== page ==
© 2013

The Immunological Barriers to Regenerative Medicine

  • Paul J. Fairchild
  • Explores the extent to which the principles of allograft rejection, learned over several decades from our experiences of whole organ transplantation, apply within the unique context of cell replacement therapy

  • Discusses various innovative ways of addressing the issues of immunogenicity

  • Focuses exclusively on the induction of immunological tolerance through a variety of novel approaches


Part of the Stem Cell Biology and Regenerative Medicine book series (STEMCELL)

Table of contents

  1. Front Matter
    Pages i-xiii
  2. The Immunogenicity of Stem Cells

  3. Strategies for Overcoming Rejection of Stem Cell Grafts

    1. Front Matter
      Pages 109-109
    2. Ge Lin, Qi Ou-Yang, Xiaobing Qian, Guangxiu Lu
      Pages 111-128
    3. Paula W. Lampton, Judith A. Newmark, Ann A. Kiessling
      Pages 129-146
    4. James C. Cicciarelli, Nathan A. Lemp, Noriyuki Kasahara
      Pages 147-173
  4. Induction of Immunological Tolerance

    1. Front Matter
      Pages 199-199
    2. Jessica Morison, Tracy Heng, Ann Chidgey, Richard Boyd
      Pages 201-223
    3. Francesca Milanetti, You-Hong Cheng, Richard K. Burt
      Pages 225-255
    4. Matthew Buckland, Lesley Smyth, Robert Lechler, Giovanna Lombardi
      Pages 257-278
    5. Brandon K. Sack, David M. Markusic, Roland W. Herzog
      Pages 297-311

About this book


Recent years have witnessed numerous advances in stem cell research that have suggested novel strategies for the treatment of the chronic and regenerative diseases that pose a growing challenge to the provision of healthcare in the 21st century.  Nevertheless, there is little doubt that related disciplines have failed to keep pace with such developments, of which the immunology of transplant rejection is perhaps the most relevant to the nascent field of regenerative medicine.  Indeed, given that after decades of research into the mechanisms of organ allograft rejection, we remain wholly dependent on immune suppression to ensure acceptance of foreign tissues, we might legitimately ask whether there is any reason why tissues differentiated from stem cells might not suffer the same fate.  This volume seeks to address this issue by drawing on the principles of alloantigen recognition to assess the validity of early convictions that embryonic stem cell-derived tissues may prove invisible to the immune system of the host and the more recent belief that induced pluripotent stem cells, derived in a fully autologous manner, will circumvent the issue of immunogenicity.  Having debunked such assumptions and established the magnitude of the immunological barriers to be overcome, this book then draws on the expertise of internationally-recognised laboratories around the world to provide a critical assessment of the likely success of applying strategies such as stem cell banking, silencing of genes that confer immunogenicity, and the induction of transplantation tolerance to overcoming the immunological barriers in the future.  Indeed, it is only through reaching a consensus in the field that enduring solutions to such an intractable problem may ultimately emerge.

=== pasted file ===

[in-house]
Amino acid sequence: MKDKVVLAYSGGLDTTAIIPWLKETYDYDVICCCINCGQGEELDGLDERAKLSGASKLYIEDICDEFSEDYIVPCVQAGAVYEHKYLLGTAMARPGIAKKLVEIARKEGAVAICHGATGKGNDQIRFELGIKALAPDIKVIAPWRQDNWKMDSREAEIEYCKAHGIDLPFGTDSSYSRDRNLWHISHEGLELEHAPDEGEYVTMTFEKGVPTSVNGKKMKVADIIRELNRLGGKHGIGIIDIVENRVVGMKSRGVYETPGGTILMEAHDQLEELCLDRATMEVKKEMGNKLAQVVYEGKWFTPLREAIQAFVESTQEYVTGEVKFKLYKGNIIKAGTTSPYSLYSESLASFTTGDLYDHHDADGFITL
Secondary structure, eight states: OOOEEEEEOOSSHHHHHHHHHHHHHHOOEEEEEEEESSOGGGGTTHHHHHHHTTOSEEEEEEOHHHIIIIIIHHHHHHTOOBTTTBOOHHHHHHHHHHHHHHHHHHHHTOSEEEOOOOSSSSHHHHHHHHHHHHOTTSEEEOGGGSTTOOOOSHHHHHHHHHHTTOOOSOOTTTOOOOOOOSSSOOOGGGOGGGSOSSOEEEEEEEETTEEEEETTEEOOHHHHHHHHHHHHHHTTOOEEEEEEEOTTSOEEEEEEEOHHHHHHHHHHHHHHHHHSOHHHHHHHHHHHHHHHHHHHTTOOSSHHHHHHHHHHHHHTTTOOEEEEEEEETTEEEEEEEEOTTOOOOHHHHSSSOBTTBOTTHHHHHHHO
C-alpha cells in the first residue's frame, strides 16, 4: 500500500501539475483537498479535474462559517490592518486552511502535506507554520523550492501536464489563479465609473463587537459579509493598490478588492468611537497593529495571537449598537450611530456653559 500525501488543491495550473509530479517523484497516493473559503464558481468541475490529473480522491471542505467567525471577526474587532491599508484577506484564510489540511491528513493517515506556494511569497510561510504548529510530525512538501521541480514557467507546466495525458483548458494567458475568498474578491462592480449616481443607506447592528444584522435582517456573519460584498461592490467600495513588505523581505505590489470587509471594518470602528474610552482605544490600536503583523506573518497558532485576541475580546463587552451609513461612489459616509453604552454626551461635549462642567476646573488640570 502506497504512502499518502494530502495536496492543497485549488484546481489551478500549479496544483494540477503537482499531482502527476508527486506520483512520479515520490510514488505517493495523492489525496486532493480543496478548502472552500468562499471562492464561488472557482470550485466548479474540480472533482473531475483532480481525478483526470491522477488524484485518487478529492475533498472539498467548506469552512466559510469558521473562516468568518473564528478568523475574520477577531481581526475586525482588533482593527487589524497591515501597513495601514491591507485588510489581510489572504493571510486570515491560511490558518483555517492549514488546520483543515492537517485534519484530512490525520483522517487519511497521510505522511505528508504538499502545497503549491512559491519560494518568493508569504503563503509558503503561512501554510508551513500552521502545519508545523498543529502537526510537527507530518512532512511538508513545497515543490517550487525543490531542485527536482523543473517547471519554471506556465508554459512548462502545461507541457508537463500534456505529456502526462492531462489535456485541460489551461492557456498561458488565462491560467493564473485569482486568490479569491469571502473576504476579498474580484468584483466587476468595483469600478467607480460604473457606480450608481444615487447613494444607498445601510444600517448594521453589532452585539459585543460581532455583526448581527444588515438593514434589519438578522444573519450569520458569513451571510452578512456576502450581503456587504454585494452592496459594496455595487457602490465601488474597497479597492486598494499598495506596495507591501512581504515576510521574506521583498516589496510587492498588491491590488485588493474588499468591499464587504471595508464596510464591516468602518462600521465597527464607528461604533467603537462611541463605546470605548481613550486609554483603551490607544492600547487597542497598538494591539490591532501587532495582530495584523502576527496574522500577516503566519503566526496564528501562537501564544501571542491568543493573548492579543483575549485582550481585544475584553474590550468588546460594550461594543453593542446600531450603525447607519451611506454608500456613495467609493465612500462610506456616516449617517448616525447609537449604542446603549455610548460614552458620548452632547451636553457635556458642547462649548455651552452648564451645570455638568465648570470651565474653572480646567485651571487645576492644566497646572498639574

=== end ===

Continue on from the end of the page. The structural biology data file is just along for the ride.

Fairchild Immunological Barriers Regenerative Medicine

Editors and affiliations

  • Paul J. Fairchild
    • 1
  1. 1.OxfordUnited Kingdom

About the editors

Dr. Paul Fairchild began his research career in Oxford, where he studied for a doctorate within the Nuffield Department of Surgical Sciences, where his research focused on the immune response to organ allografts.  After spending five years as a post-doctoral fellow investigating the etiology of autoimmune disease in the Department of Pathology, University of Cambridge, he returned to Oxford, where he is currently a University Lecturer in Pre-clinical Medicine within the Sir William Dunn School of Pathology and a Fellow of Trinity College.  In 2008, Paul Fairchild founded the Oxford Stem Cell Institute (OSCI), for which he currently serves as Co-Director.  As a highly interdisciplinary organization, the OSCI focuses on exploiting the properties of stem cells for the treatment of some of the most intractable chronic and degenerative diseases.  It is within this context that he continues to apply his background in transplantation immunology, in order to investigate the nature of the immune response to tissues differentiated from pluripotent stem cells, and develop approaches to the induction and maintenance of immunological tolerance.

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